Some players achieve greatness earlier through huge success coupled with an aesthetic pleasure (i.e. Lara or Tendulkar) but some too do it through graft, grind and frequent pokes through third man. It simply takes longer to become apparent the second way and for Roebuck to write Cook off seems possibly a little premature!

Ashes Review: England (Player by Player)

7 01 2011

Andrew Strauss (307 runs @ 43.85)

A man who has made history for English cricket. Although not in the same quantity as his opening partner, Alistair Cook, he scored vital runs at the top of the order with his hundred at the Gabba and his momentum grabbing 60 off 58 balls in the 5th test springing to mind. Also a vital part of the England fielding machine with his catching behind the wicket being more or less perfect all series.

Led the side excellently and appeared to have plans for all the Australian batsman which, thanks to the quality of the bowling, usually worked. Could still be a touch conservative for our tastes on occasions but this is frankly quibbling. Fully deserves all the plaudits he is likely  to receive. Now onward and upward…

Rating: 8/10

Alistair Cook (766 runs @ 127.66)

One feels that 766 will be a number forever associated with the Essex opener after this series. A tour in which he went from perceived weak point to run machine and lifted his average from a reasonable 42.78 to a world class 47.50 it would be fair, perhaps, to predict that this could well be the high point of his career. A double hundred to save the game in Brisbane followed by two big hundreds in Adelaide and Sydney to set up the two innings wins are astonishing returns and fully justified his selection as Man of the Series.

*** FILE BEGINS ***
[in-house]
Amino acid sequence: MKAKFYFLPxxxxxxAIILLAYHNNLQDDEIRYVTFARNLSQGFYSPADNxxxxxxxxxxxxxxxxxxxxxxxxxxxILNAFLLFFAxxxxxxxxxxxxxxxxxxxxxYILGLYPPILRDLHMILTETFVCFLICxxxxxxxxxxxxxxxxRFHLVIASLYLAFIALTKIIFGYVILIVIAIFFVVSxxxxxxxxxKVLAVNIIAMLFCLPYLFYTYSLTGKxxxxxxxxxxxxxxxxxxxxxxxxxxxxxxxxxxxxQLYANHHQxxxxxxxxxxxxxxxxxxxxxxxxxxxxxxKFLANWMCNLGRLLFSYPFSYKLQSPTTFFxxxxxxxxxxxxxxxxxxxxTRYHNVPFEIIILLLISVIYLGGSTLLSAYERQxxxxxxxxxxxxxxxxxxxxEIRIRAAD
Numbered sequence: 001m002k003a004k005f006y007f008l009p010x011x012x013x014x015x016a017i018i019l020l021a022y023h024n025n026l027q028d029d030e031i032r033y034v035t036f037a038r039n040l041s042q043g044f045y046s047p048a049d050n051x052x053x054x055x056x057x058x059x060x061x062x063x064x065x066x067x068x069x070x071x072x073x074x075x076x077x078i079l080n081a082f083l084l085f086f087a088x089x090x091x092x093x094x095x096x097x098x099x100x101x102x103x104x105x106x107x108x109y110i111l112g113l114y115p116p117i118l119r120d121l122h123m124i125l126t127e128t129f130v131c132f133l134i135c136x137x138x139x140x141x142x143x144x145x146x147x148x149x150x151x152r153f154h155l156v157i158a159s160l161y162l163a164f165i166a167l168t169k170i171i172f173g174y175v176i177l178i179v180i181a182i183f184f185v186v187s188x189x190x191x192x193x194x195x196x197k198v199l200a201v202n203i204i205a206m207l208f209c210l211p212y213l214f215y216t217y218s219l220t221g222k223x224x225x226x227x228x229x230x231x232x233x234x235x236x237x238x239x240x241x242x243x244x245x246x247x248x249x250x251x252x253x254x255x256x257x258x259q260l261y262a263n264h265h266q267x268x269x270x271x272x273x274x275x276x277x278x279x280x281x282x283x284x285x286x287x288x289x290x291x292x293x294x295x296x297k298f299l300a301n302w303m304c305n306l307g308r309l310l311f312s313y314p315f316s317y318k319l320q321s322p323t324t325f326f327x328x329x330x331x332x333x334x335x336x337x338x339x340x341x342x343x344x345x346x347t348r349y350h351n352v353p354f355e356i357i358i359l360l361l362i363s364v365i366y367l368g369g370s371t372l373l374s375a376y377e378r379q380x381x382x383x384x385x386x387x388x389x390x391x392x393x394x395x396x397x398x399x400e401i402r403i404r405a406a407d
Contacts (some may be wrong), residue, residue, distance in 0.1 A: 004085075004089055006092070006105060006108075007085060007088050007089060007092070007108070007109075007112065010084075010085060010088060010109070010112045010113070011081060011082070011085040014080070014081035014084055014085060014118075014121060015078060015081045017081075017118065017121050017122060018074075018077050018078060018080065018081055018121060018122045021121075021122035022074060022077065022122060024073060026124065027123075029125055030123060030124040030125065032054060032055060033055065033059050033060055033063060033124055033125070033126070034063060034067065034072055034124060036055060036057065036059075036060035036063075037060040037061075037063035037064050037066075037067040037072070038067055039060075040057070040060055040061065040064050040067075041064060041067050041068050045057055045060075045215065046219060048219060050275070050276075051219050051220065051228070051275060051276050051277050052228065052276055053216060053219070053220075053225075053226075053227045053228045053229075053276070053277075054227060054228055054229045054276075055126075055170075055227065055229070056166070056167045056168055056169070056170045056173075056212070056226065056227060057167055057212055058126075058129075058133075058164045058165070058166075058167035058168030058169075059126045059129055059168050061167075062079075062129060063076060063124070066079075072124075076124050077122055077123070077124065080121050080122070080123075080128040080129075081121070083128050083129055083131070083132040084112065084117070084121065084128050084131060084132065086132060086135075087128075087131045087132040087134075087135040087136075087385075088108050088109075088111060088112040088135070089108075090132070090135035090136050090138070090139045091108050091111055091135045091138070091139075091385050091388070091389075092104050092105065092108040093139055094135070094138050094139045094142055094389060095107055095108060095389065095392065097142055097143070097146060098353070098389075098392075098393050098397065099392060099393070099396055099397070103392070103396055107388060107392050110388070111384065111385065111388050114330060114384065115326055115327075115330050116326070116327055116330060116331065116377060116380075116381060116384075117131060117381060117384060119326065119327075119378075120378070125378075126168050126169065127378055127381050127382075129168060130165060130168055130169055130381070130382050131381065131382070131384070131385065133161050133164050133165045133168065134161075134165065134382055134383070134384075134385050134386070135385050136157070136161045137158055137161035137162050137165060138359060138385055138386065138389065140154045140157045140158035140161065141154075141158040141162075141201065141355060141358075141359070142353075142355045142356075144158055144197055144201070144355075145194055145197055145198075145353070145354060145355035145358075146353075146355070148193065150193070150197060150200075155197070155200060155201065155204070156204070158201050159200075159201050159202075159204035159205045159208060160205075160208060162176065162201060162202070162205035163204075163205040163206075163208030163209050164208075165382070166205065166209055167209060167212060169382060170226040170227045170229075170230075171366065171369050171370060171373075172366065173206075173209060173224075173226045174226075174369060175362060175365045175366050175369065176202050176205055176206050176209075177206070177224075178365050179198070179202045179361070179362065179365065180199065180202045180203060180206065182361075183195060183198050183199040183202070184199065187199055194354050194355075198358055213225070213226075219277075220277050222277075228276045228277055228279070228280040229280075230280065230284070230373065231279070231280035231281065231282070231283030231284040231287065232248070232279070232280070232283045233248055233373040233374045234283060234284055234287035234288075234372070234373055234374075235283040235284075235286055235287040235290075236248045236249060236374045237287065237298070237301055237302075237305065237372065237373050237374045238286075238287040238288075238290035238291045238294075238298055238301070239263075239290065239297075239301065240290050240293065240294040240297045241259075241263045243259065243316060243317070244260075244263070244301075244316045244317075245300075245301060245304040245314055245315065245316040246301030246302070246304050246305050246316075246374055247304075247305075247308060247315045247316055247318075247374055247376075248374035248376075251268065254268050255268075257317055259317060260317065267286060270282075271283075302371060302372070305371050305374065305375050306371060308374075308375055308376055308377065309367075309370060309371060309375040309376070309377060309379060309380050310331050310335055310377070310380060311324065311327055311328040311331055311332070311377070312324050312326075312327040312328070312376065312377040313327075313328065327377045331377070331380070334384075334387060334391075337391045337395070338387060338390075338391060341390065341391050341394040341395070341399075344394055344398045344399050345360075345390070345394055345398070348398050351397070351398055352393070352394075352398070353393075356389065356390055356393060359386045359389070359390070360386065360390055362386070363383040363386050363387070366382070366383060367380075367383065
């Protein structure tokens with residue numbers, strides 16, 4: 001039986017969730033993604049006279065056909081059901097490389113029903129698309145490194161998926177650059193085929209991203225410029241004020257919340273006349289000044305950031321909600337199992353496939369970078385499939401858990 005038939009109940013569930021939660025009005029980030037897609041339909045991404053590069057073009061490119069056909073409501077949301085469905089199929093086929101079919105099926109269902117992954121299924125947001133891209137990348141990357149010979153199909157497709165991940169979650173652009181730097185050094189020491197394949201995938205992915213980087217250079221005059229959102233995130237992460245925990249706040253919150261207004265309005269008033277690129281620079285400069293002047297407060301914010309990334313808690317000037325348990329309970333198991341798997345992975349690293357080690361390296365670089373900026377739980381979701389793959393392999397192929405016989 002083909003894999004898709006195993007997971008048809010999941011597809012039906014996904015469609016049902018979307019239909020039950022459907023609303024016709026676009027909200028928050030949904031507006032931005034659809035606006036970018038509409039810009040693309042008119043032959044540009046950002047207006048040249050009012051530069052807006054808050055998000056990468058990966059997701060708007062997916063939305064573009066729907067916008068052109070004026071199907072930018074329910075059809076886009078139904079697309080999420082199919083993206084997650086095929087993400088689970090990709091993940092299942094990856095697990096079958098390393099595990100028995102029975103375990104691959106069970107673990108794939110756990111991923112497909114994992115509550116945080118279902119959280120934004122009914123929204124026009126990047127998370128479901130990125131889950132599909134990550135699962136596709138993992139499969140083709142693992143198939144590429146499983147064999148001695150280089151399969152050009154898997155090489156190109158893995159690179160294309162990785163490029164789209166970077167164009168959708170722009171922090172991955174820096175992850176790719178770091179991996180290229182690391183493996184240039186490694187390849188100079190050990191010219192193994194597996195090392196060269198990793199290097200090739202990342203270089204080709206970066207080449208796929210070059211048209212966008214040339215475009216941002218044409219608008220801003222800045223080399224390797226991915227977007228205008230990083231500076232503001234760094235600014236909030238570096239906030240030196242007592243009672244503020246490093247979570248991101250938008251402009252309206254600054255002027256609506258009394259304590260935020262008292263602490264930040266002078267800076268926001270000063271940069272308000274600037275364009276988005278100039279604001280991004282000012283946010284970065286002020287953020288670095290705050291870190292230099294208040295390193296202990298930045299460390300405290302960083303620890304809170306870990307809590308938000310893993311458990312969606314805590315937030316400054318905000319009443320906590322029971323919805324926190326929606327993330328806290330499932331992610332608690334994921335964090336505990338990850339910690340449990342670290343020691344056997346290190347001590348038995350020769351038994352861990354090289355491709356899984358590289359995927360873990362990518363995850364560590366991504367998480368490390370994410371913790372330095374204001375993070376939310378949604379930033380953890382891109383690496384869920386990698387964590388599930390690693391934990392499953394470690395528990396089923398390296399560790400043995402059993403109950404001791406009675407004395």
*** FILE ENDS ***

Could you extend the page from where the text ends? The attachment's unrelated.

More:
Rating: 9.5/10

Jonathan Trott (445 runs @ 89.00)

Like Cook, Trott also had a memorable series with the bat and has entrenched himself as England’s number 3 for years to come. We started the year doubting him after some frenetic and poor performances in South Africa and Bangladesh, but have finished believing in him entirely. There is something delightfully unfussy in the way he bats, always totally aware of his options and never taking undue risks (until Sydney perhaps when over confidence lured him into dragging a wide Johnson ball on). Loves playing Australia.

Rating: 8.5/10

Kevin Pietersen (360 runs @ 60.00)

Not quite as consistent as some of his colleagues with two thirds of his runs coming in a single innings, it was still a series in which we were pleased to welcome him back as, while perhaps not England’s ‘gun’ batsman anymore, certainly one of our best. Still guilty of throwing his wicket away on occasions when set, he needs to erase these habits to truly claim his place in the elite echelons of English batsmen. His 227 in Adelaide will live long in the memory however and for that alone he deserves enormous praise. Also picked up an important wicket at Adelaide which hastened the Australian demise before the rain set in.